I quickly went back to that website and viewed its source code, it was a Eureka moment for me but little did I knew that there was only so much I can do with the crazy looking code that I just discovered. I still had to get the PHP file so that I could get an idea about the mechanism behind the website. There was no way to do it. I did not give up there and went ahead with building my own website by using free web hosting. There was just one problem, while the design was mine, it still relied on the original website to give likes. That means I could not increase the number of likes, and if their website shuts down or if they increased the security, it was the end for my website.
I was still pretty happy to learn something about web development, and I had joined a couple of Facebook groups related to auto likers and web development. Few days after I joined a group, someone posted the entire code of the auto liker I was using for my website. That was it. I immediately downloaded the file and started inspecting it. While I barely knew PHP, I understood that the website is relying on the other websites which asked the users to login (just like the first auto liker I used). As it wasn’t doing it via any official APIs provided by those websites, it wasn’t working very effectively as the host website used to patch the access. Now I had a basic idea of the system. It was simply a parasite-host relationship to get likes for free without compromising one’s account. So I decided to take it forward from there by myself. I spent the next couple of days making a list of all host-websites which I could use. I modified that script and the UI of my website. I also got rid of the old hosting, registered a new free domain and hosting and set up the auto-liker there. It was all coming together. The website was giving more than 300 likes on single-use. I posted about my site on a few groups, and it started getting some traction. Within a few days, it had several thousand hits. The best part was that I no longer had to use that service. I made a lot of new friends with similar interests, and I was gaining followers and likes organically. I used to update my website regularly and I even added new features like free comments and followers.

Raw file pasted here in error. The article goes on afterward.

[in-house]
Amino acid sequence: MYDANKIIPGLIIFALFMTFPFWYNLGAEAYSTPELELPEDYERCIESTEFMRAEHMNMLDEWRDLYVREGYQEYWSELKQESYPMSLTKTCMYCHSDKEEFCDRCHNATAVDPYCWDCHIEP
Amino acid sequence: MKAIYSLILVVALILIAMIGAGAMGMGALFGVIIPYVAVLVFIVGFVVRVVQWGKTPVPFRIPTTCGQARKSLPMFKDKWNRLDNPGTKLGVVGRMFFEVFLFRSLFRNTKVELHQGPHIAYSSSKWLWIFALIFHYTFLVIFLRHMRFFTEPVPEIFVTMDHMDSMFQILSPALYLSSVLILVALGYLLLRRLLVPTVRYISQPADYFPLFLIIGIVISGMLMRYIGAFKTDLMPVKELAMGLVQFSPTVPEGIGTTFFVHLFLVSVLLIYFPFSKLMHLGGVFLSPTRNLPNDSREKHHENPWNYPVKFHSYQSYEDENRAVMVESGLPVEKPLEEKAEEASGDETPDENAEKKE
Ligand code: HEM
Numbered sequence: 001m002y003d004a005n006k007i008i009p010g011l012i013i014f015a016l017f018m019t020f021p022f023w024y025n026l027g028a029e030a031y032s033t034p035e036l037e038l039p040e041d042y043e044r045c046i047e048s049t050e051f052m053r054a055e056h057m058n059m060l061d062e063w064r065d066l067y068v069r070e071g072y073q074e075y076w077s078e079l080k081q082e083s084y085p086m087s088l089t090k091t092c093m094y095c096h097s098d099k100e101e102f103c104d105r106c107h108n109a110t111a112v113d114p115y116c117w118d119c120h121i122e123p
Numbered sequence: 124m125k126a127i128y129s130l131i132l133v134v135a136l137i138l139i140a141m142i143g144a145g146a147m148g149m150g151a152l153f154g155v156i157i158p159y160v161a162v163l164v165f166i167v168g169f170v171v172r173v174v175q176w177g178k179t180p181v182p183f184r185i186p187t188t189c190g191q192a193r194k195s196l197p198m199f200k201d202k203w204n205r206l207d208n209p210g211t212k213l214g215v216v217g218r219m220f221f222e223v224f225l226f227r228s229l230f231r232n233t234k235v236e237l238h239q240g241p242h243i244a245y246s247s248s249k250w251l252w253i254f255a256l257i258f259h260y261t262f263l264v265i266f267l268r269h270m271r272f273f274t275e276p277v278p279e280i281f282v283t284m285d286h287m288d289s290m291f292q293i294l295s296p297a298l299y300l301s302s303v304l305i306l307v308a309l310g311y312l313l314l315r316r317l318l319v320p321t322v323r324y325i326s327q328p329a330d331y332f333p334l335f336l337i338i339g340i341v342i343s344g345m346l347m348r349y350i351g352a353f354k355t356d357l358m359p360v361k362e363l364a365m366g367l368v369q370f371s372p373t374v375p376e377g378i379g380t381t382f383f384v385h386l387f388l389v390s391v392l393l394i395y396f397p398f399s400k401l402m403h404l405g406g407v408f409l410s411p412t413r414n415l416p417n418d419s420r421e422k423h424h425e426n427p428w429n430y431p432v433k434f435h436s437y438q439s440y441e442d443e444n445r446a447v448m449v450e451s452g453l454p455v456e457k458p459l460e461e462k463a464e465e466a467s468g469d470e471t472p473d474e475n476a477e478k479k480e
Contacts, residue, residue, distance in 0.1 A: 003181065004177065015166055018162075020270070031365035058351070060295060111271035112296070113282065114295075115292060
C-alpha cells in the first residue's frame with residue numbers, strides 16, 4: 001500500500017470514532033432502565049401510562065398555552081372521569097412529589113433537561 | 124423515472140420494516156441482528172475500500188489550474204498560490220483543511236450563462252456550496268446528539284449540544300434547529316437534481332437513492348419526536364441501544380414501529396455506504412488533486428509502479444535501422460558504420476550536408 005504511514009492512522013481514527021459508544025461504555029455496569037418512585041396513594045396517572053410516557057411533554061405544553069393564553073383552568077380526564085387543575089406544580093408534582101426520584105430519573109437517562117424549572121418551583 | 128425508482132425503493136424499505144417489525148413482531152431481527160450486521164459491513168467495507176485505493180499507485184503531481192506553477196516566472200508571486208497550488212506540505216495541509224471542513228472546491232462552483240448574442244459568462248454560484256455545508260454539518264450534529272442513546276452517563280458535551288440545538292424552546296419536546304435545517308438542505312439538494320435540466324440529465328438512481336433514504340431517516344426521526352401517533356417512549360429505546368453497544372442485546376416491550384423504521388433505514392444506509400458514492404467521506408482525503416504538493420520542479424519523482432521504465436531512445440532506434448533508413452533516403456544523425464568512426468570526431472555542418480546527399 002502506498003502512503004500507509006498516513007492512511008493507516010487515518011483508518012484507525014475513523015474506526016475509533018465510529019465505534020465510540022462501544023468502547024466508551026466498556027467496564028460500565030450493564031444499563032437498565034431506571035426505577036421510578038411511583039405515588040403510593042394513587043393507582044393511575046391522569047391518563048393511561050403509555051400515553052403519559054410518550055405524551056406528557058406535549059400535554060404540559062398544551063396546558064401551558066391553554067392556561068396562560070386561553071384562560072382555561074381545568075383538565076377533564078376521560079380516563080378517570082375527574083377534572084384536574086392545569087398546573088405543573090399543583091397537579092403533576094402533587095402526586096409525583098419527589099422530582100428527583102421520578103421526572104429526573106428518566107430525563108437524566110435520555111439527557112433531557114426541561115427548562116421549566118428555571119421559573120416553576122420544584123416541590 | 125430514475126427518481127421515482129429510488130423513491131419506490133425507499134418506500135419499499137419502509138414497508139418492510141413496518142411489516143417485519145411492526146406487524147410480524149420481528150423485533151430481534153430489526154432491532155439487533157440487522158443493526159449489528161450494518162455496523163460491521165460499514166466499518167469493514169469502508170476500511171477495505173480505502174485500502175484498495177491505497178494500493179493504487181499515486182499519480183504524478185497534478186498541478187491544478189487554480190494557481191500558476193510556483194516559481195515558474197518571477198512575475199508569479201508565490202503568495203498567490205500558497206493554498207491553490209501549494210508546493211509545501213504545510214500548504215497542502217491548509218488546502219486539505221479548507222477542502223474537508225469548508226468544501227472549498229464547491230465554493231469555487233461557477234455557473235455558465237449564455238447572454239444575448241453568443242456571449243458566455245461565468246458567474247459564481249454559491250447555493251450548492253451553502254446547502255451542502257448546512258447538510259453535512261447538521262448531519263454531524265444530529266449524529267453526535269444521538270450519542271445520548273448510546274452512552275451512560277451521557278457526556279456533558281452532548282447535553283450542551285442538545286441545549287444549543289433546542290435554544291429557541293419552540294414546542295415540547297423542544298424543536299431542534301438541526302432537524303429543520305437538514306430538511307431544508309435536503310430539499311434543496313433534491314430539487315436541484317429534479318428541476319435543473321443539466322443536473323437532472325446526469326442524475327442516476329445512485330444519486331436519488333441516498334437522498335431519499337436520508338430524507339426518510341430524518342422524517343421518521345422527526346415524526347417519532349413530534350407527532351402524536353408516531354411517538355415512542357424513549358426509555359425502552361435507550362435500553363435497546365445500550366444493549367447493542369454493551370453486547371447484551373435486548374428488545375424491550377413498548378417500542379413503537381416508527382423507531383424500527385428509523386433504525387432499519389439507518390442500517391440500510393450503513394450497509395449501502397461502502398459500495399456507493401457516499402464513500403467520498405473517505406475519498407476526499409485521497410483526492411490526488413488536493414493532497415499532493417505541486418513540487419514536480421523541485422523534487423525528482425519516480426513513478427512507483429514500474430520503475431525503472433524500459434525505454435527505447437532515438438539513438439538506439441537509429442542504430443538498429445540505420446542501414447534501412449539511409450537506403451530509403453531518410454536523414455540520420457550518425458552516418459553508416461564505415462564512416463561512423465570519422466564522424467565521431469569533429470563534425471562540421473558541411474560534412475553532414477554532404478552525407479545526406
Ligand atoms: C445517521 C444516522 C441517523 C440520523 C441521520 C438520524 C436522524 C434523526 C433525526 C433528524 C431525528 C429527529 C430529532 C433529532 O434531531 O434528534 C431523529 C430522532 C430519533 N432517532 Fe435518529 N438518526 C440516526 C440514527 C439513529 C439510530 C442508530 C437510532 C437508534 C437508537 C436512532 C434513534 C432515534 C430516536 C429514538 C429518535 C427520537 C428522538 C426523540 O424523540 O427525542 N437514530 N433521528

While it isn’t the most ethical story, this is how I got into web development. I had no intentions of making any profits. In fact, my thirteen-year-old self had no clue that I could have run ads on my website to make money. I wish someone told me about ads back then, but I guess everyone was enjoying the ad-free and secure experience. Unfortunately, this wasn’t a sustainable business model. I was using free hosting, and it came with several limitations. The bandwidth used to reach its limits within a few hours every day. I used to shift between domains and hostings to tackle these restrictions, and it worked for a while. I was the owner of Asia’s number one tokenless auto liker, and there was no website that performed even close to mine. I had grown from zero to 2 lakhs+ users in just a few months. But it all had to come to an end. There were no free hosting companies in my knowledge back then that could serve so many users.
I had to shut down the website permanently. It was a fun learning experiment and what’s crazier is that how making just one website taught me so much about Facebook and web development. But I was just thirteen and it wasn’t all over. What happened after that is a story for another day!